The U.S. Court of Appeals denied on June 11 the petition for review filed by the United States Postal Service (USPS) filed against the Postal Regulatory Commission (PRC), to which the USPS is subordinate on matters like mail rates.
At issue is the PRC’s claim that the USPS is over-discounting for presorted mail—bulk mail organized according to its destination by the mailer prior to handing it over to the USPS. The discount for presorting is supposed to result in lower costs and greater efficiency for the USPS; it is also intended to incent bulk mailers to continue using USPS services rather than electronic channels like email.
The USPS discount is what’s called a “workshare discount”— given by the USPS for performing tasks the agency would otherwise perform itself. However, a PRC governing statute specifies that the discount may not surpass the costs avoided as a result of presorting. Because the USPS presorting discount surpasses those costs, the PRC concludes the discount is too generous.
In light of the continuous losses in revenue, the USPS considers it necessary to offer large discounts for bulk mailers to ensure that they continue to use the USPS. As Charley Howard, VP of postal affairs of direct marketing services agency Harte-Hanks, understands this concern. “Ten to 15 years ago [direct mailers] were captive customers,” he says. “Now we have alternatives.”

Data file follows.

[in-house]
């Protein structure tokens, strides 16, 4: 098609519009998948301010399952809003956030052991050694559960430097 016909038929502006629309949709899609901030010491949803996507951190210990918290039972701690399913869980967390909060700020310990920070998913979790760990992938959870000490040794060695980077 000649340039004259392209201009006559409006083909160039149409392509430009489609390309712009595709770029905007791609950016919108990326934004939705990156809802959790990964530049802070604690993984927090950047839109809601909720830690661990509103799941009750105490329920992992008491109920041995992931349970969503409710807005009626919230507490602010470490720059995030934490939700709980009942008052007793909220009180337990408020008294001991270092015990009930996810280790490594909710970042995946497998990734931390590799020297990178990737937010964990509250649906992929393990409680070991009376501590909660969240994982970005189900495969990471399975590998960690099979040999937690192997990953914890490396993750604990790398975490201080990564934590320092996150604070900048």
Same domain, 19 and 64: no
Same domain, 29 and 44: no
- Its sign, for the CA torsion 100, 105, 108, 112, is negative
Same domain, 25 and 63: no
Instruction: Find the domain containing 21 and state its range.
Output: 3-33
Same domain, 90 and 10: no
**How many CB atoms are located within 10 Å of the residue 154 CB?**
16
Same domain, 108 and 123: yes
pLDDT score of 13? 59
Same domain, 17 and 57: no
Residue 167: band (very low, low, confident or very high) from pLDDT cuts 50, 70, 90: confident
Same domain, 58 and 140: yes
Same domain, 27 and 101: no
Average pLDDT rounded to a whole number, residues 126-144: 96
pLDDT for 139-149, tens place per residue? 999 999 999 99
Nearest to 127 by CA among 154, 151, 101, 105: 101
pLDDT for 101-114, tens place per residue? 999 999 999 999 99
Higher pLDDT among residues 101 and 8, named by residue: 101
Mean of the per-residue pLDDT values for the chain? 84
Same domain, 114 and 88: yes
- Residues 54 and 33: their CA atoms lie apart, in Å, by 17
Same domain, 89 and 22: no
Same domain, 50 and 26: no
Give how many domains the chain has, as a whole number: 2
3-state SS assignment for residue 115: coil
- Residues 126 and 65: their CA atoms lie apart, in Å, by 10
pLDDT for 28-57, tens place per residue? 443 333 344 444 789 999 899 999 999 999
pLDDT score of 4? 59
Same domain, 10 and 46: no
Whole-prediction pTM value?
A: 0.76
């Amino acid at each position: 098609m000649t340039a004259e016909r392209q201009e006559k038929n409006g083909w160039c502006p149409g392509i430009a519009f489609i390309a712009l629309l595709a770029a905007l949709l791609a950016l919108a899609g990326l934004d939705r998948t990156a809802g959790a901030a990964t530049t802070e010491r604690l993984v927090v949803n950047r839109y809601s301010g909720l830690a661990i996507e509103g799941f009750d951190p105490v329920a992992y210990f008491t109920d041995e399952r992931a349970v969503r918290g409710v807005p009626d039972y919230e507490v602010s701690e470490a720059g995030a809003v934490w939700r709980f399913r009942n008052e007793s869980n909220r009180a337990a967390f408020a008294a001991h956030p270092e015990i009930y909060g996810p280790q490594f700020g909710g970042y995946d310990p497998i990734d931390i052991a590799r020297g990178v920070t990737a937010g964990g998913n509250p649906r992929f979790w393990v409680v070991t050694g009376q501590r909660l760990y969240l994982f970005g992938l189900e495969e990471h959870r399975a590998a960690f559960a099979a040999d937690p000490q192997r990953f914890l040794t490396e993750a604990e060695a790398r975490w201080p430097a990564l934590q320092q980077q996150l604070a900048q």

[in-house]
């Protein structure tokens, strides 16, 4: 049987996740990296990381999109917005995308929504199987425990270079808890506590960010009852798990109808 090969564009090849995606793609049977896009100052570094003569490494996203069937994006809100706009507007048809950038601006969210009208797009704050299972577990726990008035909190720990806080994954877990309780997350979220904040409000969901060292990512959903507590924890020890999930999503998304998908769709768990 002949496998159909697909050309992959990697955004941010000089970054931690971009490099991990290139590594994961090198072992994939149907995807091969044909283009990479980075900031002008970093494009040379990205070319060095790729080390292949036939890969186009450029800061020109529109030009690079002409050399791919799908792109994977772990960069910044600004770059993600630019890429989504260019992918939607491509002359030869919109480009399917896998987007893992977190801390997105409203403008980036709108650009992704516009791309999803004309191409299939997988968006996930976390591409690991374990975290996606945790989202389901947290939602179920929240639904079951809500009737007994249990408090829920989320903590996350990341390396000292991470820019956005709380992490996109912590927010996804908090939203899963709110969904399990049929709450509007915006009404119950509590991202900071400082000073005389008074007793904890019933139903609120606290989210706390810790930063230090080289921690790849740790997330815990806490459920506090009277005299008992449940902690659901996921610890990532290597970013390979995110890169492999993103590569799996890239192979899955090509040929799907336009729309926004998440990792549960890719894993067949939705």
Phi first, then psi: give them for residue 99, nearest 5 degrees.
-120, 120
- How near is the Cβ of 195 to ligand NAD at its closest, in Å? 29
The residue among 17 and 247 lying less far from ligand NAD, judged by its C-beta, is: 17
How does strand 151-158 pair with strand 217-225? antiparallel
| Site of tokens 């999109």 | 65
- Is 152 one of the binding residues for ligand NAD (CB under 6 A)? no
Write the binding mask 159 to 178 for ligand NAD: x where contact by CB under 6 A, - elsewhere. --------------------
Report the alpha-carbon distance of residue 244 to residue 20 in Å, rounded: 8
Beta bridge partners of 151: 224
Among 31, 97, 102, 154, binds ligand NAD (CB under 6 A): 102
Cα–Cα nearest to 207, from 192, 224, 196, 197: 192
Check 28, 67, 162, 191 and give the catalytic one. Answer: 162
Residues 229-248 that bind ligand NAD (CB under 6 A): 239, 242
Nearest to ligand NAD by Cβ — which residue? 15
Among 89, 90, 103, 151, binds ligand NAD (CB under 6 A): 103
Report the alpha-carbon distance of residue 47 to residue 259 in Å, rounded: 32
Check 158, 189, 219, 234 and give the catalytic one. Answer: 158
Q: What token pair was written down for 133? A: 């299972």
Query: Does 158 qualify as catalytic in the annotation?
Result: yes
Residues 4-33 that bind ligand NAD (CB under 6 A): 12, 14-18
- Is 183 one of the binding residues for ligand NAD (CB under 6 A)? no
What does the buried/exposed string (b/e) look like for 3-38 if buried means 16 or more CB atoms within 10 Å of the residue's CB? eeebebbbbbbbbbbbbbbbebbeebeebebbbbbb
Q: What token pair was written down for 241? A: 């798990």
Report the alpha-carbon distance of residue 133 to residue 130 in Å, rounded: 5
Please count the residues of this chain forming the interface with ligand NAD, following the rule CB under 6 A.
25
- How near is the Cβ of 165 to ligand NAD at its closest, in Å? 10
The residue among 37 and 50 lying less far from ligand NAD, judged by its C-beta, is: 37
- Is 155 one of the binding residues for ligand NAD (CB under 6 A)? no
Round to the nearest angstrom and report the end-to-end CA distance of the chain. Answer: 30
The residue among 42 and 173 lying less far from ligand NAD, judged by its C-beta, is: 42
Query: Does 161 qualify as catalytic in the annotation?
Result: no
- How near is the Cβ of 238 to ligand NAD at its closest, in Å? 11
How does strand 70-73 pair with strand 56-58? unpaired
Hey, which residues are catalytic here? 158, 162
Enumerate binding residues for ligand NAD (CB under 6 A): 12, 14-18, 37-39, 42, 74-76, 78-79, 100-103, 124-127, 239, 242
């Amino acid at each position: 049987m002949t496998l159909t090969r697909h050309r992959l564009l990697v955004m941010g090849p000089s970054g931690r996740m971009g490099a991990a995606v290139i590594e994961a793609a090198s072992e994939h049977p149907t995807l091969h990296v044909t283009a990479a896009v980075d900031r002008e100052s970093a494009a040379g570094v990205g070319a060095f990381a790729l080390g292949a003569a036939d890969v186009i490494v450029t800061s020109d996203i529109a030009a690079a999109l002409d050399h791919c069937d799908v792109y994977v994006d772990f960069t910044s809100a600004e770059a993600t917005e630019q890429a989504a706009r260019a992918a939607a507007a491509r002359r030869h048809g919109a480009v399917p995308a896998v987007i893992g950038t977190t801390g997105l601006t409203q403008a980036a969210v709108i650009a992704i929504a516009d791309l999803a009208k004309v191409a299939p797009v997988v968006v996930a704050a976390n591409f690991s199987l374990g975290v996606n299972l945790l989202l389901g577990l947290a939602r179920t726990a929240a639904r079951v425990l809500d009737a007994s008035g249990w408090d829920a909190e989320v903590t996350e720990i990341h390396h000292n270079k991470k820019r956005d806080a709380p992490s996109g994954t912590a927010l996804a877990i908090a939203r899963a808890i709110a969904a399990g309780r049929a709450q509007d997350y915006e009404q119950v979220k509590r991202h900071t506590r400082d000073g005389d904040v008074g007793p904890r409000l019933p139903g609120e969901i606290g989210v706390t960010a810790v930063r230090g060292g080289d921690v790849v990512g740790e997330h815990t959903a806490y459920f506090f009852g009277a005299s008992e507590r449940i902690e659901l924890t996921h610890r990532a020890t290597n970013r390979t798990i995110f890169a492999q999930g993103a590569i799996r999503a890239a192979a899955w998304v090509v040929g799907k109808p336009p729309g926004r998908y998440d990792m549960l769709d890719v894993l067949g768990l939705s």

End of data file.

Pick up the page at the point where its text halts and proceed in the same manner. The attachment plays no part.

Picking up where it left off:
While Howard observes some Harte-Hanks clients contemplating the shift to social media and email, direct mail remains one of the best ways of reaching the target audience. Therefore, Howard doesn’t expect a reduced discount for presorted mail to have a significant impact on the industry’s modus operandi, especially since presorting mail has benefits beyond the reduced costs. “Mail is time sensitive, which means that the less the Post Office has to handle a mail piece, the quicker it moves through the system,” he explains.
Howard voiced his support for the Postmaster General Patrick Donahoe. “He’s done more than any of his predecessors to make the Post Office more efficient,” Howard explains. He adds that privatization of the USPS will be “hell for the mailer”, but he believes the USPS “should be allowed to behave more like a business.”
The USPS is currently reviewing the decision passed down today, and declined to comment until it has conducted further analysis.